“Why don’t they pass a constitutional amendment prohibiting anybody from learning anything? If it works as well as prohibition did, in five years Americans would be the smartest race of people on Earth.” – Will Rogers
COMMENTARY: It’s time to regulate and tax the consumption of marijuana like alcohol. Why? The reasons are compelling, conclusive and plentiful.
The most obvious? Prohibition increases use. When the United States banned alcohol in 1919 consumption initially went down. However, by the time it was repealed in 1932 more people were drinking more alcohol (a 30-40% increase) than they did before prohibition was passed. The same thing is happening with marijuana; as more states tax and regulate, teen use is decreasing at a significant level.
Comparing alcohol and marijuana shows the later is much safer. From 2006 to 2010, the CDC reported that 88,000 people died from alcohol poisoning. Yet a category for marijuana doesn’t exist because overdosing is physically impossible. Furthermore, alcohol has been shown in numerous studies to trigger violent behavior (including domestic violence). Marijuana, on the other hand, is the substance least likely to be used by emergency room patients.
The argument that marijuana leads to harder drug use is simply incorrect. While 50 percent of Americans have tried marijuana, only 15 percent have admitted to trying cocaine. That number drops to 3.6 percent for crack and 1.6 percent for heroin. The National Academy of Sciences, in a report to Congress, stated “because underage smoking and alcohol use typically precede marijuana use, marijuana is not the most common, and is rarely the first, ‘gateway’ to illicit drug use. There is no conclusive evidence that the drug effects of marijuana are causally linked to the subsequent abuse of other illicit drugs.”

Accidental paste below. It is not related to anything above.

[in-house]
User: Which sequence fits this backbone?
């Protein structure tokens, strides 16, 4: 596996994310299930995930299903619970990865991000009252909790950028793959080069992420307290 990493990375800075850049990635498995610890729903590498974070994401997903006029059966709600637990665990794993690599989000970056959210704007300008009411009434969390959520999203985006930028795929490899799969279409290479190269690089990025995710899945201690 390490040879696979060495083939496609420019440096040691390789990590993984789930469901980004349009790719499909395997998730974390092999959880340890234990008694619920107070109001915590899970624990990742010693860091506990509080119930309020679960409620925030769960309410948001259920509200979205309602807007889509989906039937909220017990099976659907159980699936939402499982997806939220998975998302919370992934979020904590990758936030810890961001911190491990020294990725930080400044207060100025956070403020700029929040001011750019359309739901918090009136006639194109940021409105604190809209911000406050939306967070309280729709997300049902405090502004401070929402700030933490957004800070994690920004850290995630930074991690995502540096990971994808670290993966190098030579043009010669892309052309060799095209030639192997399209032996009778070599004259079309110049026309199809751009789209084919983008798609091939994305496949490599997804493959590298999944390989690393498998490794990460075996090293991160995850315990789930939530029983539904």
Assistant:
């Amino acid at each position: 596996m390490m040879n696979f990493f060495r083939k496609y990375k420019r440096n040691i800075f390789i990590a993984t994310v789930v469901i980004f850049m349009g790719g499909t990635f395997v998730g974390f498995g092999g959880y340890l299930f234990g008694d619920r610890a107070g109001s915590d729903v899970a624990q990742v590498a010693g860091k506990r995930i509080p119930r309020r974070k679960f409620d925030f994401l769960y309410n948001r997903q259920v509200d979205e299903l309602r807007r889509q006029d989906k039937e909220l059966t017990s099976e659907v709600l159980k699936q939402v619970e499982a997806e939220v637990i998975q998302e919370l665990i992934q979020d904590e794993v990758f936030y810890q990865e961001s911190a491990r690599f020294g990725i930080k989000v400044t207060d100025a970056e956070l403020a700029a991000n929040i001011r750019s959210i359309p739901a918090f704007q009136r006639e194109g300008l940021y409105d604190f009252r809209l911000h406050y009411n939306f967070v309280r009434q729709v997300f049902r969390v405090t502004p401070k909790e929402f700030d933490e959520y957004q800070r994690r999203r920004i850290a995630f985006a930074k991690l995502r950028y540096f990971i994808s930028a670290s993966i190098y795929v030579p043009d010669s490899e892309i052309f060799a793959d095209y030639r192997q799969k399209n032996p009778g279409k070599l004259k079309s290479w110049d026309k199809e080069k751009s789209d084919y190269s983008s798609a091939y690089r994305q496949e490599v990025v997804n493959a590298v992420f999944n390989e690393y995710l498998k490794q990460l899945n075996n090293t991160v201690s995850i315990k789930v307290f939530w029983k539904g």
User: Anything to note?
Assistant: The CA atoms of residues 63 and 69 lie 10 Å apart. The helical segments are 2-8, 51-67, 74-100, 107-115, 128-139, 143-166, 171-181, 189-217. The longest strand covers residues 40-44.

Furthermore, hard drug use in states with legal marijuana will probably decline. After all, if you visit a dealer to buy pot they will always have other drugs for sale. A regulated store selling marijuana will not.
Prohibition increases violence by benefiting cartels and gangs. During the years of alcohol prohibition the country’s murder rate doubled… only to decrease substantially after it was repealed. In Colorado, the same thing is happening now that marijuana policies have been reversed. After a year of taxation and regulation violent crime rates in Denver declined, as have statewide traffic fatalities.
Furthermore, as marijuana has become legal in various ways throughout the United States the price for illegal marijuana grown in Mexico and sold by cartels has dropped by half, giving them less resources for their activities; namely killing people (estimated at 60,000 murders between 2006 and 2012).
Regulating marijuana like alcohol would also be good economically. Currently, when police, court and incarceration costs are combined, New Mexico spends $33 million of your tax money to enforce prohibition. In light of the information presented above, that money would be much better used going after murders, rapists and thieves.
Rather than marijuana revenue furthering violence, money would go to legitimate businesses contributing to the economy. Currently in Colorado, legal marijuana is selling between for $2,000 and $3,000 per pound. This is generating huge economic gains, totaling $700 million.
The outgrowth? Revenue for schools. Colorado’s law requires marijuana taxes to fund education, and is expecting to bring in $100 million in per year from taxes and licensing fees by 2016. This is so much that the government doesn’t know what to do with it, and Colorado residents may actually get a refund.
Last year I introduced House Bill 160, the Cannabis Revenue and Freedom Act. It would have allowed private use of marijuana for adults over 21. Republican Party leaders killed it quickly, but I won’t quit. If we want less crime, better schools, and a healthier state let’s stop our outdated prohibition laws and do this right.
Bill McCamley is the state representative for District 33 in Las Cruces, Mesilla, Mesilla Park and Tortugas.